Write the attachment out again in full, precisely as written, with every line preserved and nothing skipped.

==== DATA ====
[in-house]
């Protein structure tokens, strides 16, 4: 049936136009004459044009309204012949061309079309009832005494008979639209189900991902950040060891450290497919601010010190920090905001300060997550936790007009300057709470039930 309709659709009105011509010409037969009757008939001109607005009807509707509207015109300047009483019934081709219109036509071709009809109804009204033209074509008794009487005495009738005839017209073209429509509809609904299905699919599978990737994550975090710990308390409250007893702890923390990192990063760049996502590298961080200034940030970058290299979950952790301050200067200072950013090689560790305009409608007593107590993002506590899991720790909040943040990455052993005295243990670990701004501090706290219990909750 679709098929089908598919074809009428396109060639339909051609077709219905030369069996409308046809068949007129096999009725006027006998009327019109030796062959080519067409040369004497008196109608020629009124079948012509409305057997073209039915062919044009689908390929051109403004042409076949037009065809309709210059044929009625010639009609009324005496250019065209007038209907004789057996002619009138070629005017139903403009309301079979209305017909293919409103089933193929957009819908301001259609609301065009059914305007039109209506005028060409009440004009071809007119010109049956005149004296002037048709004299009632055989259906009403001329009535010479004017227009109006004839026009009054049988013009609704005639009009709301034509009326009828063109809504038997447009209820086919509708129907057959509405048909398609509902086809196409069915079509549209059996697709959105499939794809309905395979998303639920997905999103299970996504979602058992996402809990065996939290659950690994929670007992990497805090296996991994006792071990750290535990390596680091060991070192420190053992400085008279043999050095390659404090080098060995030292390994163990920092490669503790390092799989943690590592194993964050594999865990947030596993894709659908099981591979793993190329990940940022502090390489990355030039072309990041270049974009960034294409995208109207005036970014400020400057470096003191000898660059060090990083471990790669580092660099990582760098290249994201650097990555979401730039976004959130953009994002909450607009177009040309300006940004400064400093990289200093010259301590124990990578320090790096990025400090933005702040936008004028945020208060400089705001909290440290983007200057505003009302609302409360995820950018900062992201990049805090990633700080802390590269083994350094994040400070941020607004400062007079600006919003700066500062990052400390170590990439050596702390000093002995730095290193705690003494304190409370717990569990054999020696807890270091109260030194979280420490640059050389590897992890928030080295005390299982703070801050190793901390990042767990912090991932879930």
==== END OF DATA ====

[in-house]
């Protein structure tokens, strides 16, 4: 049936136009004459044009309204012949061309079309009832005494008979639209189900991902950040060891450290497919601010010190920090905001300060997550936790007009300057709470039930 309709659709009105011509010409037969009757008939001109607005009807509707509207015109300047009483019934081709219109036509071709009809109804009204033209074509008794009487005495009738005839017209073209429509509809609904299905699919599978990737994550975090710990308390409250007893702890923390990192990063760049996502590298961080200034940030970058290299979950952790301050200067200072950013090689560790305009409608007593107590993002506590899991720790909040943040990455052993005295243990670990701004501090706290219990909750 679709098929089908598919074809009428396109060639339909051609077709219905030369069996409308046809068949007129096999009725006027006998009327019109030796062959080519067409040369004497008196109608020629009124079948012509409305057997073209039915062919044009689908390929051109403004042409076949037009065809309709210059044929009625010639009609009324005496250019065209007038209907004789057996002619009138070629005017139903403009309301079979209305017909293919409103089933193929957009819908301001259609609301065009059914305007039109209506005028060409009440004009071809007119010109049956005149004296002037048709004299009632055989259906009403001329009535010479004017227009109006004839026009009054049988013009609704005639009009709301034509009326009828063109809504038997447009209820086919509708129907057959509405048909398609509902086809196409069915079509549209059996697709959105499939794809309905395979998303639920997905999103299970996504979602058992996402809990065996939290659950690994929670007992990497805090296996991994006792071990750290535990390596680091060991070192420190053992400085008279043999050095390659404090080098060995030292390994163990920092490669503790390092799989943690590592194993964050594999865990947030596993894709659908099981591979793993190329990940940022502090390489990355030039072309990041270049974009960034294409995208109207005036970014400020400057470096003191000898660059060090990083471990790669580092660099990582760098290249994201650097990555979401730039976004959130953009994002909450607009177009040309300006940004400064400093990289200093010259301590124990990578320090790096990025400090933005702040936008004028945020208060400089705001909290440290983007200057505003009302609302409360995820950018900062992201990049805090990633700080802390590269083994350094994040400070941020607004400062007079600006919003700066500062990052400390170590990439050596702390000093002995730095290193705690003494304190409370717990569990054999020696807890270091109260030194979280420490640059050389590897992890928030080295005390299982703070801050190793901390990042767990912090991932879930």